What is the relationship between genetic predisposition and upbringing?
With the rapid advance of behavioural genetics it has become easier for lawyers to mount a defence based on ‘genetic predispositions’. A number of high profile cases in the US have involved such defences, including the recent trial and conviction of gunman Jared Lee Loughner. If a genetic predisposition can be demonstrated, a defence can secure a significantly more lenient sentence, and as is too often the case, prevent their client from receiving the death penalty.
The genetic defence has received significant attention from academics, as it throws up a number of complex philosophical questions: What is the relationship between genetic predisposition and upbringing? What effect does this have on gene expression? Can you quantify the effect of genetics on culpability? And do we have an adequate legal framework to do so?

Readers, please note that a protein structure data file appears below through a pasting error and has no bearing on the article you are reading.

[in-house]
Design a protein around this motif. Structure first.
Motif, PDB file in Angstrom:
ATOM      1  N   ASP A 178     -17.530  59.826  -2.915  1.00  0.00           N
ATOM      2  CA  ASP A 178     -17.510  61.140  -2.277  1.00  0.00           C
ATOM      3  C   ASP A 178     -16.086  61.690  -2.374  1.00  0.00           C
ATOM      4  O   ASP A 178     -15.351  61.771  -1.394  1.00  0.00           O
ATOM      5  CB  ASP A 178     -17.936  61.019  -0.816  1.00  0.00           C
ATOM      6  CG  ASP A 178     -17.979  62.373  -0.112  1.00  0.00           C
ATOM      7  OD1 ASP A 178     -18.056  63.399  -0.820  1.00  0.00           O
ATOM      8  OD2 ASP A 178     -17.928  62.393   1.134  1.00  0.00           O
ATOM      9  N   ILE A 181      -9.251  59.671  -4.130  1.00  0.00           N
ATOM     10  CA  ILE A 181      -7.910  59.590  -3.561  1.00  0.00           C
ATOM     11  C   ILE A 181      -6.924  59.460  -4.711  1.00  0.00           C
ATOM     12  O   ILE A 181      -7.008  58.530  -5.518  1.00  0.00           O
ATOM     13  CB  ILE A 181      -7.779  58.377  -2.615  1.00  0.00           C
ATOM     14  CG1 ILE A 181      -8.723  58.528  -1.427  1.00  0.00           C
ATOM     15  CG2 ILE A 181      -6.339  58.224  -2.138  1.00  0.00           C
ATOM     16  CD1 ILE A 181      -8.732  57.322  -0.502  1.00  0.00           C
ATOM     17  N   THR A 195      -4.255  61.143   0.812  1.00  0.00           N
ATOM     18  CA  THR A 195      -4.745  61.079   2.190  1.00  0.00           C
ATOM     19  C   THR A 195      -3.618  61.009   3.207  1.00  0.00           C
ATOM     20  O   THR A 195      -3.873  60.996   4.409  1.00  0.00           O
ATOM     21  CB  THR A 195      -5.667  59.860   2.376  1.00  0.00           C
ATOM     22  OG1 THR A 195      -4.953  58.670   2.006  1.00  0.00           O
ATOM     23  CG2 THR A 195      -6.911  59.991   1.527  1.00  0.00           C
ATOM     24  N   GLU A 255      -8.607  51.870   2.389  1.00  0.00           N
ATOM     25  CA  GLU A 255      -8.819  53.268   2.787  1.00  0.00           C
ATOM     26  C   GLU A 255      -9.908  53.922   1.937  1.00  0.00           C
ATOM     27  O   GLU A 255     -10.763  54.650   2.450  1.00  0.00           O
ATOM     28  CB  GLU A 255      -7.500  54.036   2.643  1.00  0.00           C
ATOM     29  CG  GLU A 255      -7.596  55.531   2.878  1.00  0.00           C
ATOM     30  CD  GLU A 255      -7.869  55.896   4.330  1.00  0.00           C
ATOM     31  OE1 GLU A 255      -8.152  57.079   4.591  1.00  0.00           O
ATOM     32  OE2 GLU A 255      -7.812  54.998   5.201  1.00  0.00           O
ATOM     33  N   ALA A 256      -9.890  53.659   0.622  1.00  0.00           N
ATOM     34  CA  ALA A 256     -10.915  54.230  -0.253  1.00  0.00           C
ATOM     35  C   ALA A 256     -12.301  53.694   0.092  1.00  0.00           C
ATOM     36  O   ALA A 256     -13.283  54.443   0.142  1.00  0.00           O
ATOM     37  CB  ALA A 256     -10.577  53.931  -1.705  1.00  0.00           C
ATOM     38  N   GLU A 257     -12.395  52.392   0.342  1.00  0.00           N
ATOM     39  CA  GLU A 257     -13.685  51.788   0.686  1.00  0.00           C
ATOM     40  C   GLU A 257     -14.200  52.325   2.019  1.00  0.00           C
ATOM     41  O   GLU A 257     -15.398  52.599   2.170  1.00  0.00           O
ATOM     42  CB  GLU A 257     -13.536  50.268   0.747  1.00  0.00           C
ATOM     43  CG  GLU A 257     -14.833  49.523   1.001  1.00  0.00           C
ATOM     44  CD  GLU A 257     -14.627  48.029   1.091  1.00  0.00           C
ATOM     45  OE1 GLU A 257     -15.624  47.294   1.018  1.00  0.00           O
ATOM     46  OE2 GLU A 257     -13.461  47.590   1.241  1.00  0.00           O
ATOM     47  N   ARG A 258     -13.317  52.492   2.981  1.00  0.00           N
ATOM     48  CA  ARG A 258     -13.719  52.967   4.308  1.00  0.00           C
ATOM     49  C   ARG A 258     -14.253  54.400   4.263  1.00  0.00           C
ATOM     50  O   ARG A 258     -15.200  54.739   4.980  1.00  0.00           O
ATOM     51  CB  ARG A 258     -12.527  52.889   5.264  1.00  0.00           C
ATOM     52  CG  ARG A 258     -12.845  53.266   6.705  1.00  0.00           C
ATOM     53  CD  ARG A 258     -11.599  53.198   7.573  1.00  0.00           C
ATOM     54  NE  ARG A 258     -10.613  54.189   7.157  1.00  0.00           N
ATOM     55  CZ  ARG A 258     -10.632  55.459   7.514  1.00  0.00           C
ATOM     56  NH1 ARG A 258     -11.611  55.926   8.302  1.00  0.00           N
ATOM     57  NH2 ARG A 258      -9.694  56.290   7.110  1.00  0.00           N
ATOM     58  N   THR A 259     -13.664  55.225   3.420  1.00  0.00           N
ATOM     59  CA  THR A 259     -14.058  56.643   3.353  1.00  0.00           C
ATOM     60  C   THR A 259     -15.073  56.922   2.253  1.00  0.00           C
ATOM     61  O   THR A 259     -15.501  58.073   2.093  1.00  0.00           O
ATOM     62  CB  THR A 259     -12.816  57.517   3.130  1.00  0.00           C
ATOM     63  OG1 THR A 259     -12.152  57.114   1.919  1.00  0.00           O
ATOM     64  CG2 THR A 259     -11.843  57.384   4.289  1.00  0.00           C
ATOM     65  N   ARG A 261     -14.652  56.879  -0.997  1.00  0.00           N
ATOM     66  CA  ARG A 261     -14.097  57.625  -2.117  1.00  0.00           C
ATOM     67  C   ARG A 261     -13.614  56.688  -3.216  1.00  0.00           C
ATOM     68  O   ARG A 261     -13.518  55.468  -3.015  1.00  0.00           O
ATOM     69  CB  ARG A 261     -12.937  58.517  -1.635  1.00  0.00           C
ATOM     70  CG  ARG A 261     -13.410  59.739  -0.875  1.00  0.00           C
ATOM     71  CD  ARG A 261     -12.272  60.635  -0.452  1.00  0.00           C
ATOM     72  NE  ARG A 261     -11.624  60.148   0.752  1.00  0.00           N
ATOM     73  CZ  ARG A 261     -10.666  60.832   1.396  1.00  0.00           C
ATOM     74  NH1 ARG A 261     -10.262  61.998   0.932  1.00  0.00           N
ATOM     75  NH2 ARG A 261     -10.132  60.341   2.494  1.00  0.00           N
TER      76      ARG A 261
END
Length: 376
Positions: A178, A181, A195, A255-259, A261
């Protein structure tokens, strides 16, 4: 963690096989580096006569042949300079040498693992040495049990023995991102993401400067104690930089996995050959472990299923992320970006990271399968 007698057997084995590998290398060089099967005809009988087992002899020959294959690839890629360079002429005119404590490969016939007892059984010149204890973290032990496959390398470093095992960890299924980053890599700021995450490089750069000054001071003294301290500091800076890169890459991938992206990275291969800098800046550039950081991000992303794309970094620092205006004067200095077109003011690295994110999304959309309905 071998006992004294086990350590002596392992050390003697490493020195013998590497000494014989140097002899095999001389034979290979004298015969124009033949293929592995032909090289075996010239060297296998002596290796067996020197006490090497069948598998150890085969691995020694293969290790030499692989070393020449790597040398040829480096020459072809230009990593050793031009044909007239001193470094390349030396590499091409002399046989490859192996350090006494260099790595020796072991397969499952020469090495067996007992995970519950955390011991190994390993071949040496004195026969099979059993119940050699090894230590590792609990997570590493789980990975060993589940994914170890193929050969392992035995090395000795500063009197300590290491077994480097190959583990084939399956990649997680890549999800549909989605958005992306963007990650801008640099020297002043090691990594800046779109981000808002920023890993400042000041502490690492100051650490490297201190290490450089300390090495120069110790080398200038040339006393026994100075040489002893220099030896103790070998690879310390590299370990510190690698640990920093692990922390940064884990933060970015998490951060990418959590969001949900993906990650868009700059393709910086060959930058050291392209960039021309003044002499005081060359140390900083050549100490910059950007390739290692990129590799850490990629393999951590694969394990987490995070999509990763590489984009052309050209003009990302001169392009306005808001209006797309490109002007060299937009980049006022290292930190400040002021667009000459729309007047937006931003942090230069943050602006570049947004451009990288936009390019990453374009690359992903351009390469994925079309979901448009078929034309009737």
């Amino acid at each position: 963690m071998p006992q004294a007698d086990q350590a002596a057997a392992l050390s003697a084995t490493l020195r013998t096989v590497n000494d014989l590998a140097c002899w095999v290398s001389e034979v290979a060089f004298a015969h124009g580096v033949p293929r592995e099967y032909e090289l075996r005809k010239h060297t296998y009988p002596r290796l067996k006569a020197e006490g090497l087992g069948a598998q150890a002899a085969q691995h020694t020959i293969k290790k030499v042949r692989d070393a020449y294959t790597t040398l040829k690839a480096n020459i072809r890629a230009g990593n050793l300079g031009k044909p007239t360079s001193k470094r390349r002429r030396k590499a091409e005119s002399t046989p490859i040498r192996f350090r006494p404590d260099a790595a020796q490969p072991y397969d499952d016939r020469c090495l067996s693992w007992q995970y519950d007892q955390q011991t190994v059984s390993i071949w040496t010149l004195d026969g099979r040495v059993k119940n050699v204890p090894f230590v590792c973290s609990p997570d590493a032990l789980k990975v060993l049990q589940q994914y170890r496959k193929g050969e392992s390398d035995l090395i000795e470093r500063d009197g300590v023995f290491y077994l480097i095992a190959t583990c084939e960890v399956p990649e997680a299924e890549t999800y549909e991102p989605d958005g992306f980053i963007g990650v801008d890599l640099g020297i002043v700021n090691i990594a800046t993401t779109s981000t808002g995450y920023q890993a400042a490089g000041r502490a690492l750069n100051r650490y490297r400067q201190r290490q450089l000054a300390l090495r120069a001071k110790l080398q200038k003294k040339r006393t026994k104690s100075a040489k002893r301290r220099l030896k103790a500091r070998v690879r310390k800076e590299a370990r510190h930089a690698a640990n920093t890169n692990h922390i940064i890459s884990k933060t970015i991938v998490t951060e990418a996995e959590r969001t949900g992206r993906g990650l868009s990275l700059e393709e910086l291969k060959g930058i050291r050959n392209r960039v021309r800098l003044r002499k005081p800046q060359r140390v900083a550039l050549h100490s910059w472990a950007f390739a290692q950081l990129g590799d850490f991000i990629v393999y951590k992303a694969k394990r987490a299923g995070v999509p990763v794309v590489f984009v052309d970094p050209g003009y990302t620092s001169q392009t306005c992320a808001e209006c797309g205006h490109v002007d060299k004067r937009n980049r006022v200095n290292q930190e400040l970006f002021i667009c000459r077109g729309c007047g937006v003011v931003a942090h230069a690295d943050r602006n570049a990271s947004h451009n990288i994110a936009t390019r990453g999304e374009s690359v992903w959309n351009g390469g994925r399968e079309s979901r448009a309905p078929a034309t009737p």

The media has ridiculed the genetics defence, but experts say it is valid. “People don’t have the degree of control over their behaviour that we thought,” says Fordham University law professor Deborah Denno. “That doesn’t mean to suggest that there’s no control over their behavior – but that some of us have higher hurdles than others.” Four US academics have just released a co-authored book discussing the interaction between environmental factors and genetics in determining violent crime.
Unfortunately many judges are yet to be educated on the nature and reliability of evidence from behavioral genetics. There are some courses available, but by and large, the calls of academics for education of the judiciary have gone unheeded.
genetics and law
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